Rotary Club tackles open defecation in Amansie Central

Mad. Hamenoo laying a block for the commencement of the project

The people of Donkoase with a population of 1,200 and other 25 farming communities in the Amansie Central District, as well as six other districts, can now heave a sigh of relief after years of engaging in open defecation and enduring lack of access to clean water.

The beneficiary communities would now have access to household micro-flush toilets to replace the old dilapidated pit latrine, following an intervention by Rotary Club International.

The World Bank report of 2020 indicates that 17.78% of Ghana’s population had no access to decent toilets, thus resorting to open defecation.

The report further stated that as at 2015, only one rural household out of ten was using improved household toilets, while three in every ten practiced open defecation.

The report also revealed that no district in Ghana had achieved an open defecation-free status, and for that matter, there was limited private sector interest in rural basic sanitation investment, since there was a perception that investments in rural sanitation businesses were not profitable.

It suggested that improved sanitation technologies such as the household micro-flush toilets were affordable, hygienic, devoid of flies and environmentally friendly.

As a result, the Rotary Club of Obuasi, in collaboration with the Clean Water and Sanitation Ghana project, has cut the sod for the construction of a mechanised borehole and household micro-flush toilets for the people of Donkoase.

Under the project, Rotary Club seeks to replace old pit latrines with micro-flush toilets in Ghana to address these challenges, which have compelled Rotary Club of Obuasi, partnered by the Rotary Club of Cape Coast Central and Rotary E- Club Premier 7040, Montreal, Canada, to construct 30 mechanised boreholes, ten toilet facilities for schools, as well as 160 household toilets for 25 communities in six districts of the country.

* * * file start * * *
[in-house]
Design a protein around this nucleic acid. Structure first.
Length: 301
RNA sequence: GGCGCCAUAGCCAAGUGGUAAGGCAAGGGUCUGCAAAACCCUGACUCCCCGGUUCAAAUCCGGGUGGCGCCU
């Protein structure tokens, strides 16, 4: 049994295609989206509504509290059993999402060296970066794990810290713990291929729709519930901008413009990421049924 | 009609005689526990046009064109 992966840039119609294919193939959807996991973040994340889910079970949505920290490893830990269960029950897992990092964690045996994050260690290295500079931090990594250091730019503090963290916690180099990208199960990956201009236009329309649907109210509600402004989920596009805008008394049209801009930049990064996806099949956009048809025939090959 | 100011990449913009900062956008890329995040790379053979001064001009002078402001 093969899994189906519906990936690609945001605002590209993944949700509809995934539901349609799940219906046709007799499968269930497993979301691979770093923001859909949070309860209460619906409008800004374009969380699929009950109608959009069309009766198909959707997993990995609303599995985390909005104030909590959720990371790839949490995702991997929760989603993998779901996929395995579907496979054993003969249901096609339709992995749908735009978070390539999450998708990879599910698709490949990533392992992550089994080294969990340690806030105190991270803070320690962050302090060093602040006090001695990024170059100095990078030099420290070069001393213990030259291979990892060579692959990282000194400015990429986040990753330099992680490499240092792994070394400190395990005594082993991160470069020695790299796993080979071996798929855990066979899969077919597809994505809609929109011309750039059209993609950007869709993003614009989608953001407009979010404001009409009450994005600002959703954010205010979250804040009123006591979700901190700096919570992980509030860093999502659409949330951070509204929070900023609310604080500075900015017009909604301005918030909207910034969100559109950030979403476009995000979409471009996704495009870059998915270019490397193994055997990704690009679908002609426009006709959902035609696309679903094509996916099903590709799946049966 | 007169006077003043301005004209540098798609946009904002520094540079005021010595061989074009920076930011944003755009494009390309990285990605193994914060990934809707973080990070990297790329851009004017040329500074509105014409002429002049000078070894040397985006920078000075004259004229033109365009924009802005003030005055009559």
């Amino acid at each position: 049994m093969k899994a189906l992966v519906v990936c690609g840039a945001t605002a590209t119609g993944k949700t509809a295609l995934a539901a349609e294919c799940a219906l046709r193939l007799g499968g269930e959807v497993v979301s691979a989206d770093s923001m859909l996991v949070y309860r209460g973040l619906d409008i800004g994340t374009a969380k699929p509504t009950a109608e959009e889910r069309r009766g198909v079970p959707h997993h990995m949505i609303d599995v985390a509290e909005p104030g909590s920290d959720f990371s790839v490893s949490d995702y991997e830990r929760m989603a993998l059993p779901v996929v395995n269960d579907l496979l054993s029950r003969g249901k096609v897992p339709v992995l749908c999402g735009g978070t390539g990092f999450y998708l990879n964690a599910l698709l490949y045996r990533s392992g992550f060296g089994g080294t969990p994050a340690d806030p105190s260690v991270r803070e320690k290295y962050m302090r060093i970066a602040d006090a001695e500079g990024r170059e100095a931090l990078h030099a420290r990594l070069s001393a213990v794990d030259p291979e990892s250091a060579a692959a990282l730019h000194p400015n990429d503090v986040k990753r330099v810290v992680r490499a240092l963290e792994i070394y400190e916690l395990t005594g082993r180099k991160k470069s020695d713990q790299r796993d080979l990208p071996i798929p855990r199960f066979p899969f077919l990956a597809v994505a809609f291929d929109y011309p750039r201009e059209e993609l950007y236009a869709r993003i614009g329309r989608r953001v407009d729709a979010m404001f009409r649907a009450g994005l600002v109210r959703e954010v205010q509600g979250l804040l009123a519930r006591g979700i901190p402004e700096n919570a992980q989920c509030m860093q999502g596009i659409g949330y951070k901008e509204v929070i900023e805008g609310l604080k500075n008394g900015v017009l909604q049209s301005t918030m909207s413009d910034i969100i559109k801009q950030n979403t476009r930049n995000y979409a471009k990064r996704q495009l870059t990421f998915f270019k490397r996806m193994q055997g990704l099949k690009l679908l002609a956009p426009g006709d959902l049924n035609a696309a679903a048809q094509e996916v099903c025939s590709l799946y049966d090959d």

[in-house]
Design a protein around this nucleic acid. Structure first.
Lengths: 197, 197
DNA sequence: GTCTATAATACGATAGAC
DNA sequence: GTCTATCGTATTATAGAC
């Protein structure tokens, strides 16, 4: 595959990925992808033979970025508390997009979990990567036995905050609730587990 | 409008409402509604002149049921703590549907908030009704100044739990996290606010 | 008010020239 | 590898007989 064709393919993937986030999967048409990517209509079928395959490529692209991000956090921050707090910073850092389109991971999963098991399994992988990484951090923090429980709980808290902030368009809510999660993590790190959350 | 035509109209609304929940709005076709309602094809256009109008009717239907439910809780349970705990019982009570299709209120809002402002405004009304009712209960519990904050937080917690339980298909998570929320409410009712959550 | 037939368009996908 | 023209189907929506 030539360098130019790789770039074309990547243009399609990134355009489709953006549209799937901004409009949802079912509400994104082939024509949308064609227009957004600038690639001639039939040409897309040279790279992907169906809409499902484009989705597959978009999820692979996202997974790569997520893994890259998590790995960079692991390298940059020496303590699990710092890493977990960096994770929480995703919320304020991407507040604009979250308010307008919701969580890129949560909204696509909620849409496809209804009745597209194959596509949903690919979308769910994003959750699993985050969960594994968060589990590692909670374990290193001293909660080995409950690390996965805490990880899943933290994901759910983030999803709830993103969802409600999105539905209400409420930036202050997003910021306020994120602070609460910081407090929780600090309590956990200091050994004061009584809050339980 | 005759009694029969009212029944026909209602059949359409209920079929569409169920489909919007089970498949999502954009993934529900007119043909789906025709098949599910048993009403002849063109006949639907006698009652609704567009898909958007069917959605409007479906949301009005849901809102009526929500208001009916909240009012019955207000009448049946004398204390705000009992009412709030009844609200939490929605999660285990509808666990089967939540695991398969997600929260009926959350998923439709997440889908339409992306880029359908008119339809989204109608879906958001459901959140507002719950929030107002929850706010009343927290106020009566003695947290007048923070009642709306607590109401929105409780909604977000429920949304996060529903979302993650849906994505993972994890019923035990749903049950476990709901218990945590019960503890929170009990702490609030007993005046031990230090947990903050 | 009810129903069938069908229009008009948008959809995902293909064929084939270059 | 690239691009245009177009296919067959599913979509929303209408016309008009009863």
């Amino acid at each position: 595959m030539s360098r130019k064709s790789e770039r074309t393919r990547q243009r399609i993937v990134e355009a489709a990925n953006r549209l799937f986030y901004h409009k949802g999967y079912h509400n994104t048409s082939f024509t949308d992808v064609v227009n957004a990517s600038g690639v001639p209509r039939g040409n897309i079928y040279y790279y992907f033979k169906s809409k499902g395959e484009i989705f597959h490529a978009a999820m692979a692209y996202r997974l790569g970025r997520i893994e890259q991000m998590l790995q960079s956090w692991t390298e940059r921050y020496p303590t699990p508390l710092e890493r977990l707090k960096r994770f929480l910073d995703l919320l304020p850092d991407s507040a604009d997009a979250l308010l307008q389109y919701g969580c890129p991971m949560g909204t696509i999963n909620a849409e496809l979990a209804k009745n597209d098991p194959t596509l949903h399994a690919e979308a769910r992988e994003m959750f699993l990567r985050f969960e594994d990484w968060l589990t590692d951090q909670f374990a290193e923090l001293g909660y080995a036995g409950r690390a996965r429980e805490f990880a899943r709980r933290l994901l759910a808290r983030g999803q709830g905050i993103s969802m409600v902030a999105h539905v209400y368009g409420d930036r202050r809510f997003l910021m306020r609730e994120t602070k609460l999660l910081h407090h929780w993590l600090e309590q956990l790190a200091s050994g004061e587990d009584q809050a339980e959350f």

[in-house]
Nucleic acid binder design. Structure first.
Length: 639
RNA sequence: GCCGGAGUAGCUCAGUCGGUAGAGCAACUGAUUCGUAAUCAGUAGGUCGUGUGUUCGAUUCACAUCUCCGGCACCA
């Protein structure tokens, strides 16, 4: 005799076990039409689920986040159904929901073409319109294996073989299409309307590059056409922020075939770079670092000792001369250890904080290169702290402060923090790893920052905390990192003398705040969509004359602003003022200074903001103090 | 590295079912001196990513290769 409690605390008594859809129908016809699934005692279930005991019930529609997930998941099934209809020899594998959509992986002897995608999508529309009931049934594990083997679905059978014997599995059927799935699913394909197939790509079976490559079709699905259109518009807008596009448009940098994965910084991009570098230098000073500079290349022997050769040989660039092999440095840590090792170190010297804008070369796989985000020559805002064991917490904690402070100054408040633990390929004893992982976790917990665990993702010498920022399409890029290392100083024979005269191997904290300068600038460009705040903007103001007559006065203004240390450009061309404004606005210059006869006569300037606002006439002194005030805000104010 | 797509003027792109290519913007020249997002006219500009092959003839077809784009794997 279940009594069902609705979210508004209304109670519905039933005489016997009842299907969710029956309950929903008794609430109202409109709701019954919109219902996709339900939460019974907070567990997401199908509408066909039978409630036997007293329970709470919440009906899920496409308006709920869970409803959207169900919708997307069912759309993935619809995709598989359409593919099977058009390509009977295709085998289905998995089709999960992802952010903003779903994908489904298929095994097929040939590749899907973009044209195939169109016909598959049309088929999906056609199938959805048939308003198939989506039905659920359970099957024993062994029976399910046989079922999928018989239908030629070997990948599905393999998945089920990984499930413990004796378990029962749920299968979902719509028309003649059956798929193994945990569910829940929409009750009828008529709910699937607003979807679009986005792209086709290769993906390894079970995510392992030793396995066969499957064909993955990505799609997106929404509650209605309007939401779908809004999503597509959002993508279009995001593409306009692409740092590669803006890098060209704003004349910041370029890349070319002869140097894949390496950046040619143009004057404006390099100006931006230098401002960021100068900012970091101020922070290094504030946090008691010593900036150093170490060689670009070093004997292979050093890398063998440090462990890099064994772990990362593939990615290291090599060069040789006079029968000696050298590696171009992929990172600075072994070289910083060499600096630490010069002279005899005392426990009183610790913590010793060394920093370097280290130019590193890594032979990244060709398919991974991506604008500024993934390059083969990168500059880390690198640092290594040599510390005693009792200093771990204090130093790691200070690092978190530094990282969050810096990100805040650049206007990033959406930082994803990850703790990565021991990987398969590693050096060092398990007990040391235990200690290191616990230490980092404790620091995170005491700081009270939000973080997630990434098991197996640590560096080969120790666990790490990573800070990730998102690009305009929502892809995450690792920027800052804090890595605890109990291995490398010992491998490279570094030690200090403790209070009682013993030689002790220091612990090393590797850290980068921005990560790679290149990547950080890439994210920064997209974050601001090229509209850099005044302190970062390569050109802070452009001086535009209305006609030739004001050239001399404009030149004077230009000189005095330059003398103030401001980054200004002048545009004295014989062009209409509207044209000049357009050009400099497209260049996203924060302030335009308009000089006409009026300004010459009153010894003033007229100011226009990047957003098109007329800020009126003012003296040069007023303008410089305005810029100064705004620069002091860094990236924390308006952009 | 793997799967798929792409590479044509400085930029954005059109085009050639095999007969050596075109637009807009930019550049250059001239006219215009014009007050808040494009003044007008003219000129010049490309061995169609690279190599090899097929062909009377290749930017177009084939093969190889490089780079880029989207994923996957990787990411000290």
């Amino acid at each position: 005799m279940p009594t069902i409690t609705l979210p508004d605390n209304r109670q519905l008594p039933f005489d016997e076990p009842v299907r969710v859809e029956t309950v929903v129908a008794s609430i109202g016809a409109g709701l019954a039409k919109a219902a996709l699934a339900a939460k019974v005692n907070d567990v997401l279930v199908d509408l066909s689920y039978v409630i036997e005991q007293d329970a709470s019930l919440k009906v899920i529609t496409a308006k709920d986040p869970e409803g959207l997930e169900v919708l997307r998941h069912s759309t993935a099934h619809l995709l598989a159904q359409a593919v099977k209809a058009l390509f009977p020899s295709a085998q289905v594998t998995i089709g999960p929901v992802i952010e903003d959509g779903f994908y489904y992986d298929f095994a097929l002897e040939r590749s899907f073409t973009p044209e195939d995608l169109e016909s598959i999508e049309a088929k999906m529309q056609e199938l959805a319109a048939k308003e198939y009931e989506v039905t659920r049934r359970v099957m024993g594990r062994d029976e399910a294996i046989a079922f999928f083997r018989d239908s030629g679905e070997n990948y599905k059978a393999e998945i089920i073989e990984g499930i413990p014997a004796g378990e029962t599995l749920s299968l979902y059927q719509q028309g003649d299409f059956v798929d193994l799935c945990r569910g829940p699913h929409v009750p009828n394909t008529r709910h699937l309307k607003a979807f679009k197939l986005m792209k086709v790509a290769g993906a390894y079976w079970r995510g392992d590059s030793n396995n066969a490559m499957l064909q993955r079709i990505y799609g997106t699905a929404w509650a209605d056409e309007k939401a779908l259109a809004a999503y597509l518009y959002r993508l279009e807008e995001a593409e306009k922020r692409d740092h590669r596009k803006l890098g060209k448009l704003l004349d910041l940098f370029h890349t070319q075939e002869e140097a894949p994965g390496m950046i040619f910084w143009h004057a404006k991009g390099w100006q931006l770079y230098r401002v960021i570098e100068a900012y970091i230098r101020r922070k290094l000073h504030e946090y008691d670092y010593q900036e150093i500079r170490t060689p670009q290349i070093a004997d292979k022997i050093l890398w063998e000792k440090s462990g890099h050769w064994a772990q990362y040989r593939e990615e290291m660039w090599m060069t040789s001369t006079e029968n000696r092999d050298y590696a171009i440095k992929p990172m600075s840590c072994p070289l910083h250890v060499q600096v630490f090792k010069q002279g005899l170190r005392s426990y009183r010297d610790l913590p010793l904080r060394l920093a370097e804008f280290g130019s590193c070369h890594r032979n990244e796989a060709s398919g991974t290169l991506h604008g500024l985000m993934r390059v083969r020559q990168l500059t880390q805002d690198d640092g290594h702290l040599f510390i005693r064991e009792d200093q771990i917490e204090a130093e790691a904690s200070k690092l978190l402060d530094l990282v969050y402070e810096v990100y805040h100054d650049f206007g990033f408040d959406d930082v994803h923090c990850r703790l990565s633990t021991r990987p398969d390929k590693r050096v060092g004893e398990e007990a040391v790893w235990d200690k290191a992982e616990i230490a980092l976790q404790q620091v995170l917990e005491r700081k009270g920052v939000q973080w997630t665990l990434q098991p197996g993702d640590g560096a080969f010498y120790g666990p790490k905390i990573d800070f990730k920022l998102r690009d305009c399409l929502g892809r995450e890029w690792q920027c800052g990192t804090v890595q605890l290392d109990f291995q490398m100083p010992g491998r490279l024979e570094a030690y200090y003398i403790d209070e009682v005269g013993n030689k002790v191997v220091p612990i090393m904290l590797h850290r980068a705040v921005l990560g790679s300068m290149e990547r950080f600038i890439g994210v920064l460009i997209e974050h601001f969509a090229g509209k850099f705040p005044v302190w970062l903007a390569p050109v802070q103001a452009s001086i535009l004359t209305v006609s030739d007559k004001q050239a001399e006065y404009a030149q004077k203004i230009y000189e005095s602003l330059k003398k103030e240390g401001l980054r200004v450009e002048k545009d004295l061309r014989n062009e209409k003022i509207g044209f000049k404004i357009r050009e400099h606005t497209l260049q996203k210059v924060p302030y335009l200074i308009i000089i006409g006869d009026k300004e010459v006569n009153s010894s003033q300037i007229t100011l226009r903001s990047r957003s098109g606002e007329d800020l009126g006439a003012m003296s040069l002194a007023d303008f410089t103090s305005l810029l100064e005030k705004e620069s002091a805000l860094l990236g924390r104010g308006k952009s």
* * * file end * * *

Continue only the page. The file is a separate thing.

The project, which is expected to be completed in one year, is estimated at a cost of $160,000, with funding from the Rotary Foundation, through Rotarians in Canada, USA, India and Ghana, to impact 25,000 livelihoods.

Sarwan Kumar, the outgoing President of the Obuasi Rotary Club, said at a sod-cutting ceremony that the club, after undertaking the necessary assessment exercises, resolved that the major challenge facing most communities in Ghana was lack of access to clean drinking water and proper toilet facilities.

Accordingly, Rotary Club of Obuasi and its partners decided to pool resources together to assist the communities, as they believed that such an initiative would go a long way to improve sanitation and prevent water related diseases within the beneficiary communities.

He emphasised that the members of Rotary Club of Obuasi were committed to helping the less privileged in society to improve their living standards.

The President-elect of Rotary Club of Obuasi, Elizabeth Hamenoo, also emphasised that as a humanitarian group, they had always supported impoverished communities to have access to the basic social amenities.

She gave an assurance of the Club’s commitment to provide clean water and sanitation in Ghana, and focus on ending open defecation in the local communities.

Madam Hamenoo appealed to users of the facilities to protect and maintain them when completed, so that they could stand the test of time.

Nana Kojo Ntosuo III, Chief of Donkoase, lauded Rotary Club of Obuasi for coming to their aid, and reiterated that accessing potable water and decent toilet facilities had been a major challenge for the community.

He further pledged to support the project throughout the construction phase, and ensure the proper maintenance of the facilities when completed.

Richard Osei, Assembly Member for the area, recounted the ordeal his people go through accessing clean water and decent toilet, and lauded Rotary Club of Obuasi and partners for the kind gesture.

He appealed to Rotary Club to consider extending the initiative to the surrounding communities.


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